A setback for Dahal as his allies from CPN-UML decide to return homeWith 53 seats, the Maoist Centre is now the third party in Parliament. And to make any substantial move, the Maoist chair has to look to Congress and Janata Samajbadi Party.
A day after the Supreme Court decision to revive the CPN-UML and the Communist Party of Nepal (Maoist Centre) by not only invalidating the Nepal Communist Party (NCP) as a party but also annulling the UML-Maoist Centre merger, members close to KP Sharma Oli on Monday changed the boards at party offices in several districts. They replaced the boards of Nepal Communist Party (NCP) with CPN-UML.
Leaders of the Nepal Communist Party (NCP) led by Pushpa Kamal Dahal and Madhav Kumar Nepal were at their wits’ end. By Monday evening, the group decided that it will abide by the court decision to “take” their own parties—the Maoist Centre and the UML.
The court decision may have “split” the leaders along the UML and the Maoist Centre lines, but it, in essence, effected a split in the Dahal-Nepal faction.
Dahal now will have 53 of the Maoist lawmakers and the Nepal side, along with around 43 lawmakers, would return to the Oli-led UML.
“Since there is no option than to abide by the court’s decision, we will have to join the Oli-led UML,” said a leader close to Nepal. “We, however, will continue to fight the Oli tendency by remaining within the UML.”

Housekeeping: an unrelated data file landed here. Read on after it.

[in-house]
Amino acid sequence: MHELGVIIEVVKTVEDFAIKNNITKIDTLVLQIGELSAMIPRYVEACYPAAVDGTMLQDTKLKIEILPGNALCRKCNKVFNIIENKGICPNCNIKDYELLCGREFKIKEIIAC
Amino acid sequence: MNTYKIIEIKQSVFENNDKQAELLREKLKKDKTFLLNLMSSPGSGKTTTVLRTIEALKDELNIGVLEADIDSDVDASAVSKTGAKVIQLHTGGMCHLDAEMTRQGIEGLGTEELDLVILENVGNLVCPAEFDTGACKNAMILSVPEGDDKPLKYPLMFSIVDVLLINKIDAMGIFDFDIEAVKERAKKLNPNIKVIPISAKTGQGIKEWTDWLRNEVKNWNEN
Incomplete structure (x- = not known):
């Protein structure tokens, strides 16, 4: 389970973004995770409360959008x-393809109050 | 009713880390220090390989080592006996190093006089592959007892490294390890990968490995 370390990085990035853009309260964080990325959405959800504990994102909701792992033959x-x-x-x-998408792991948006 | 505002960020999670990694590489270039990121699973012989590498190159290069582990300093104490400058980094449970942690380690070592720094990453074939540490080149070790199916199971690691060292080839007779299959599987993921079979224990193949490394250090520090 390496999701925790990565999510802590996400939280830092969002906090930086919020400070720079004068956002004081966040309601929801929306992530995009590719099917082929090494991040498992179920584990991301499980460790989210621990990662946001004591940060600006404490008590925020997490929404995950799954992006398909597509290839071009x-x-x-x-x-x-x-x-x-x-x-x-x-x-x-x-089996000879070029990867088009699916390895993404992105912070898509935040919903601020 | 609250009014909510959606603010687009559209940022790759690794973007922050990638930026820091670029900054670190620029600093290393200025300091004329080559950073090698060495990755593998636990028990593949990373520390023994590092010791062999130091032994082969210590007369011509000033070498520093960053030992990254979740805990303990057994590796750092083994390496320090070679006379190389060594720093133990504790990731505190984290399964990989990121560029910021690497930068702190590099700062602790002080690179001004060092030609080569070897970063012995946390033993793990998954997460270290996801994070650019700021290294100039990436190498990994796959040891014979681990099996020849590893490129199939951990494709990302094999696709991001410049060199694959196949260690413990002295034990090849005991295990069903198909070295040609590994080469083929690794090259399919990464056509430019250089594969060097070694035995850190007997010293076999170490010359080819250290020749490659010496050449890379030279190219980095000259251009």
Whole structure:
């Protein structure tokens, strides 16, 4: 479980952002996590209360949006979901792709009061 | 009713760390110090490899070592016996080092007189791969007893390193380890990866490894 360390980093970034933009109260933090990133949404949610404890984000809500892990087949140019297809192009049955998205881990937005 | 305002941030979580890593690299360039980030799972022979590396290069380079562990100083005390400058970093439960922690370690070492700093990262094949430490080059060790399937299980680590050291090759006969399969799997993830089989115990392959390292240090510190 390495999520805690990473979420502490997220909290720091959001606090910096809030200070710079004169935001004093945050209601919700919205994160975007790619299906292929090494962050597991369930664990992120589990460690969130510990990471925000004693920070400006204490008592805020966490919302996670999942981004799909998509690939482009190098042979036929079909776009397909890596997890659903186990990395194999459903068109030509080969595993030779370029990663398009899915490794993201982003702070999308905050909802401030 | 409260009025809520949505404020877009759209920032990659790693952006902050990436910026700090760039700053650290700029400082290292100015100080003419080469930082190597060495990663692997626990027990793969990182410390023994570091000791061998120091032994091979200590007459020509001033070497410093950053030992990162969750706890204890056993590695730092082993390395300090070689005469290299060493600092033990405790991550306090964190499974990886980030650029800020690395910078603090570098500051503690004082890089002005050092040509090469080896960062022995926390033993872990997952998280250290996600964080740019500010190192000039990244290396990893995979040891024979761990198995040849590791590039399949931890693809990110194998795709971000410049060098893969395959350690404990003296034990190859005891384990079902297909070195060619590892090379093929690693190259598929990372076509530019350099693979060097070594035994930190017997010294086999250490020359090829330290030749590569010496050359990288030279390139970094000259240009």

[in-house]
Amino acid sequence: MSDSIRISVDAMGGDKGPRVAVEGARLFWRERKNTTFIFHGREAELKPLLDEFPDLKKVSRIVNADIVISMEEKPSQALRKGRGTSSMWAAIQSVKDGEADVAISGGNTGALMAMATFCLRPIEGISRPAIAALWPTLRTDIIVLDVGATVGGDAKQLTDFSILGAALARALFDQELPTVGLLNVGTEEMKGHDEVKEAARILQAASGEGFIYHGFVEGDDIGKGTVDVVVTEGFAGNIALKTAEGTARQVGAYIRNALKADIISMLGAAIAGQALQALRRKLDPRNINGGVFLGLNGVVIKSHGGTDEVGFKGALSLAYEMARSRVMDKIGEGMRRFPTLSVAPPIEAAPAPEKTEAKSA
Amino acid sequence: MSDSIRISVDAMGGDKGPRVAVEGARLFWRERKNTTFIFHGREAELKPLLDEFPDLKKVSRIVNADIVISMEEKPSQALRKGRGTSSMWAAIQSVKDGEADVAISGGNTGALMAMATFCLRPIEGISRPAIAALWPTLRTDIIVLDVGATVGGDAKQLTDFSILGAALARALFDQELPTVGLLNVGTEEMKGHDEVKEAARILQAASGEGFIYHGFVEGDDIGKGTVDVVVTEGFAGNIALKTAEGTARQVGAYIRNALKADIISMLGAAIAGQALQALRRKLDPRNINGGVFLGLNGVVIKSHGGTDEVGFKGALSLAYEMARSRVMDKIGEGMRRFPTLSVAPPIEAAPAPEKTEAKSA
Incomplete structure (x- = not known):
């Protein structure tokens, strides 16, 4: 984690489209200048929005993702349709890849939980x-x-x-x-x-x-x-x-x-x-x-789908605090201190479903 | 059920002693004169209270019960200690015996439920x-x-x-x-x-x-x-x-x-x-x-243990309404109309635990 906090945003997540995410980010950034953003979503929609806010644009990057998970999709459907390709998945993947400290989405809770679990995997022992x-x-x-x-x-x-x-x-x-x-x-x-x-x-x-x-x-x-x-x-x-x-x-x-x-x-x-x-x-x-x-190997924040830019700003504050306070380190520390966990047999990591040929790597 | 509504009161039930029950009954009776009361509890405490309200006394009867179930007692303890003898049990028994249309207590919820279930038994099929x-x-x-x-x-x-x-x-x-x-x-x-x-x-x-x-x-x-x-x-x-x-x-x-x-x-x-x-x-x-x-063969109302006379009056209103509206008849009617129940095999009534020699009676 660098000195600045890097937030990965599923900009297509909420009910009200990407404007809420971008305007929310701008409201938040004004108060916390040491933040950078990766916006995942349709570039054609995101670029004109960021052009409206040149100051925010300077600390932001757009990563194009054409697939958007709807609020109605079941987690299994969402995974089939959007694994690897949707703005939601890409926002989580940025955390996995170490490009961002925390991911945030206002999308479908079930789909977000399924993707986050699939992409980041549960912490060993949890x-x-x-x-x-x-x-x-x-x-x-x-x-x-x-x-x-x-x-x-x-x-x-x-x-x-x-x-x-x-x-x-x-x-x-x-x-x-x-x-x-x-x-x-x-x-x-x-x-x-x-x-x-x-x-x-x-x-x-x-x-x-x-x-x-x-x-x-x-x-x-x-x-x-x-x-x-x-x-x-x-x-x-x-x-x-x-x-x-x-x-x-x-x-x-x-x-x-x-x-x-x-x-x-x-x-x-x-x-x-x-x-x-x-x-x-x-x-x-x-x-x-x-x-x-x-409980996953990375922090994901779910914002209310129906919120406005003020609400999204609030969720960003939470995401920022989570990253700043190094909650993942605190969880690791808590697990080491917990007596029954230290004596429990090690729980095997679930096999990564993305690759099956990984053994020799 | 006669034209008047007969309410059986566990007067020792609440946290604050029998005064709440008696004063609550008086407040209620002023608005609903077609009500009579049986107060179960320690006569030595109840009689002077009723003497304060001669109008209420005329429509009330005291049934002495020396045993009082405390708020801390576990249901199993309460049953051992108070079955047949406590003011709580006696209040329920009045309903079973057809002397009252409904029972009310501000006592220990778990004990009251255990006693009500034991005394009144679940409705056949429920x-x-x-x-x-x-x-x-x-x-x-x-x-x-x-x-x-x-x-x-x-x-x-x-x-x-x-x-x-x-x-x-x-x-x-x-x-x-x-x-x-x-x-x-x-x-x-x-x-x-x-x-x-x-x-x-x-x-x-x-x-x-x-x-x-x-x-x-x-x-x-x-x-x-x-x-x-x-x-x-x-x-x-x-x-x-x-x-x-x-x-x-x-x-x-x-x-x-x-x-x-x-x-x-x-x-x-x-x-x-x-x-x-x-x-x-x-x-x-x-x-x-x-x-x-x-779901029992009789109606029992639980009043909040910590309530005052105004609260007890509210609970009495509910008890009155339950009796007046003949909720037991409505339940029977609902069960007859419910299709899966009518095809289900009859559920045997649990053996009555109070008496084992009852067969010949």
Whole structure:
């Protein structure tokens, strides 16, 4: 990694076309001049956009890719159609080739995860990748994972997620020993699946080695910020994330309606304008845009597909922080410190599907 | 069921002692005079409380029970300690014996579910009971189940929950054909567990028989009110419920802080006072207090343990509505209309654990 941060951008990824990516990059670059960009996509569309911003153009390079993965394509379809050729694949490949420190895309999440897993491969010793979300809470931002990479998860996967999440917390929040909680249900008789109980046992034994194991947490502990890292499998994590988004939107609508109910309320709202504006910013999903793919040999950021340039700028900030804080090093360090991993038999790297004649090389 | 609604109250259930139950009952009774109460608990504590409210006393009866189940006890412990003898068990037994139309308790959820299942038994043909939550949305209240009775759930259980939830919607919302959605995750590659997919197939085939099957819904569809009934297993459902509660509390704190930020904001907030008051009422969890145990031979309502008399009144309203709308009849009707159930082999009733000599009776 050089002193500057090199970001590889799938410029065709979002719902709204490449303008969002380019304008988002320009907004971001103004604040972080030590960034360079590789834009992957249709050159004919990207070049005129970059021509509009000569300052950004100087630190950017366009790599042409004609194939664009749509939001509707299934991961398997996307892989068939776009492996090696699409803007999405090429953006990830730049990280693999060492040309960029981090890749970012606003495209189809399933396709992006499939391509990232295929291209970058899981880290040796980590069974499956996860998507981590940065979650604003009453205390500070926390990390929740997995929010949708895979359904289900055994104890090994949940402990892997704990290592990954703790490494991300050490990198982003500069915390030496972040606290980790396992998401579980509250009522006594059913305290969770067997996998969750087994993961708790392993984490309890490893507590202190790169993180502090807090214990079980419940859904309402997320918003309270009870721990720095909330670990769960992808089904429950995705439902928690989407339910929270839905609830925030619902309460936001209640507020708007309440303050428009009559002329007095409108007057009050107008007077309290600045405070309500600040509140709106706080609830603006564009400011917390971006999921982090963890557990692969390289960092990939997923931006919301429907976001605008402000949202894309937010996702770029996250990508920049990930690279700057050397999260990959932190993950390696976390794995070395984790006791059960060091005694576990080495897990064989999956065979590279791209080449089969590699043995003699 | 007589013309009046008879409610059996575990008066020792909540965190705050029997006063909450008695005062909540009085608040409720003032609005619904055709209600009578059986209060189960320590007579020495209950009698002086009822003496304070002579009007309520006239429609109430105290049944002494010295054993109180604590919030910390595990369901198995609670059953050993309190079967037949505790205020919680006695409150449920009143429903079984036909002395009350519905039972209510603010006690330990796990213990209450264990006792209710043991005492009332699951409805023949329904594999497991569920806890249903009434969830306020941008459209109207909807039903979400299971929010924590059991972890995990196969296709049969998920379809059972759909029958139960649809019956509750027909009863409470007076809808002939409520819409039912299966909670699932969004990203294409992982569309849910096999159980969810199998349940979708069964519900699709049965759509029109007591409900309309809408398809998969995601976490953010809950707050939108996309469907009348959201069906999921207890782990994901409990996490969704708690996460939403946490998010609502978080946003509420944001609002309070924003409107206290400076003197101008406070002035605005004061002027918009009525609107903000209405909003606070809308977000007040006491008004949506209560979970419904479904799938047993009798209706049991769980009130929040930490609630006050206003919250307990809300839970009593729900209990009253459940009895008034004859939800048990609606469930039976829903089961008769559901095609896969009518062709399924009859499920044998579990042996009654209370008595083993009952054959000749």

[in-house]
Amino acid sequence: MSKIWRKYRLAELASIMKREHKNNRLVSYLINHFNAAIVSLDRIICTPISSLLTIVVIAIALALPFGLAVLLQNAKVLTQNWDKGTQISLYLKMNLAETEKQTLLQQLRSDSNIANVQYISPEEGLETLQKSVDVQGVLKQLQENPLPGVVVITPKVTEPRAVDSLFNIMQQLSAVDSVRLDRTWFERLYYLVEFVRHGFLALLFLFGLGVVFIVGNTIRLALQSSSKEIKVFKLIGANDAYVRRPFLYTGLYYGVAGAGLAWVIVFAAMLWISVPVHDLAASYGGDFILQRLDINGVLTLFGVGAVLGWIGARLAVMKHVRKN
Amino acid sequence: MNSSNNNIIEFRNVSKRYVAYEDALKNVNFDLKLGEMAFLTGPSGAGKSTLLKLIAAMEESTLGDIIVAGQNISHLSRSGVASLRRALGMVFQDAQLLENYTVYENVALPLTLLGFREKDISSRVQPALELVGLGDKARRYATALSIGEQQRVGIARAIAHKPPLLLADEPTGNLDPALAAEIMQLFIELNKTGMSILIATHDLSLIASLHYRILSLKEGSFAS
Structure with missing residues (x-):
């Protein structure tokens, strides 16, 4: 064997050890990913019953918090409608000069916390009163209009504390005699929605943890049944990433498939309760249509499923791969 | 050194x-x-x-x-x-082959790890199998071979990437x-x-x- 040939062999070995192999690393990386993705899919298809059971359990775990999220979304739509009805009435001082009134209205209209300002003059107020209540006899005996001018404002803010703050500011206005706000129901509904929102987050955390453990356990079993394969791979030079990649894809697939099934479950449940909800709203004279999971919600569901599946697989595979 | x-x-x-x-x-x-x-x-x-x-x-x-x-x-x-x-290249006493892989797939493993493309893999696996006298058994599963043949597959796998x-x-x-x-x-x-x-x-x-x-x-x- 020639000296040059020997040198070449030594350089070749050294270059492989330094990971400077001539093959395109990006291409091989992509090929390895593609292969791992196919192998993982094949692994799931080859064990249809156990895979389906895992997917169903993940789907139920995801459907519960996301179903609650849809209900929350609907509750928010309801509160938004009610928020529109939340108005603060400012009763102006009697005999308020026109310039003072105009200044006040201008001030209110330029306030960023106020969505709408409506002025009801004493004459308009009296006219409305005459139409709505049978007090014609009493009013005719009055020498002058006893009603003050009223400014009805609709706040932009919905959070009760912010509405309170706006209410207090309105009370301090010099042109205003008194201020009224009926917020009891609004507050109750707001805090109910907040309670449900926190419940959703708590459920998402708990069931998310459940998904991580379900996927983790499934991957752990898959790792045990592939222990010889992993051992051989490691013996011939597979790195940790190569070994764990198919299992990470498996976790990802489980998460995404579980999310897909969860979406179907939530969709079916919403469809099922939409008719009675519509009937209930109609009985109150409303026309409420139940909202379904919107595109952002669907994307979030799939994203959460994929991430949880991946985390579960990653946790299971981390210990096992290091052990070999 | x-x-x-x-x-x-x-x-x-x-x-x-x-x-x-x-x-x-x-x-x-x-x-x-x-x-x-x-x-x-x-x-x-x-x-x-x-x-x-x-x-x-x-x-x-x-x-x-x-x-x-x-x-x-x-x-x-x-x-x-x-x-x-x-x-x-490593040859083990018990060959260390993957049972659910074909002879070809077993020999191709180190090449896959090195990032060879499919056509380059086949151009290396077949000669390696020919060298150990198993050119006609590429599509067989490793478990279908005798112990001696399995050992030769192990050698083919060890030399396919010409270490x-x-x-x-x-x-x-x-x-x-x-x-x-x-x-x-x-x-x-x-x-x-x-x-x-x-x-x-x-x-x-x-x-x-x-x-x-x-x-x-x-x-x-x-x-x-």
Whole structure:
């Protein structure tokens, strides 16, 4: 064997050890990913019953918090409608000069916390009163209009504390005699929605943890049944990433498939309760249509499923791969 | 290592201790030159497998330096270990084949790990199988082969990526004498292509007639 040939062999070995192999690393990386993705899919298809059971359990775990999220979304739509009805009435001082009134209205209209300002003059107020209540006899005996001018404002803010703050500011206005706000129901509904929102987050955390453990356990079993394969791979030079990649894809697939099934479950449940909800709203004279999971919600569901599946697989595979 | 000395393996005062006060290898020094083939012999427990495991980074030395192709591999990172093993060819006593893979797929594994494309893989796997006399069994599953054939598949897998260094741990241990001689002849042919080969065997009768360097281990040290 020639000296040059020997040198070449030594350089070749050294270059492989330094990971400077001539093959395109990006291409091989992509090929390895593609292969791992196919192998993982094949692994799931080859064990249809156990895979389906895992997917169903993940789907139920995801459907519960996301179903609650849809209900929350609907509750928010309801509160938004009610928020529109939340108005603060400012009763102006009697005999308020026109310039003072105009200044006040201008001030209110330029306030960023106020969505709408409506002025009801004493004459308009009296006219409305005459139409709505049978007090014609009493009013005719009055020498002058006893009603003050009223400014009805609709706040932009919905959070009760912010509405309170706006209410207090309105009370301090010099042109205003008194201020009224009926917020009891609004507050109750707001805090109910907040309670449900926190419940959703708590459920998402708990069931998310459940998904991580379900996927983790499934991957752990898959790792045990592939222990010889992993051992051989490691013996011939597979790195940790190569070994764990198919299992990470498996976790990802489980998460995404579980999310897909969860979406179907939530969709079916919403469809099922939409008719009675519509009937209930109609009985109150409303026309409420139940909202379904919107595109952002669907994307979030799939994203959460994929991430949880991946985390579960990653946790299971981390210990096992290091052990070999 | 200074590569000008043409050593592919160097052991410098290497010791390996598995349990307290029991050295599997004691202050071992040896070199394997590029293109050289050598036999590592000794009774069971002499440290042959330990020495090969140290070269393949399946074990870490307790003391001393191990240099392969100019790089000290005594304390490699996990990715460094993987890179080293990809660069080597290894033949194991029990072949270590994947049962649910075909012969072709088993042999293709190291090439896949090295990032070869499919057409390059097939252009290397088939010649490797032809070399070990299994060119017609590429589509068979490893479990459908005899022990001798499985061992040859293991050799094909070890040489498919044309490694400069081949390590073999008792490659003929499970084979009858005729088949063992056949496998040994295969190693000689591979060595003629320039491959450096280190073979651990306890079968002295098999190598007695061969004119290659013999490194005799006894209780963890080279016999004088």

Analysts say the new situation could mean an existential crisis for Dahal.
“For Nepal and others who came from the UML, returning to the Oli camp won’t be much of a problem,” said Hari Roka, a political analyst. “It will definitely be difficult for Dahal.”
When Dahal’s Maoist Centre and Oli’s UML announced their merger in May 2018 to form the Nepal Communist Party, many were not convinced, as both came from two different schools of thought. Some analysts had even said that the Maoist Centre was actually “acquired” by Oli.
The communist unity, as expected, was fraught with challenges. There were too many leaders with too many aspirations—starting from the top. Oli’s arrogance and Dahal’s ambitions clashed and in due course both the party chairs were baying for each other’s blood. As Dahal managed to win Nepal’s backing, Oli played his cards.
The party was sharply divided along the factions led by Oli as well as Dahal and Nepal.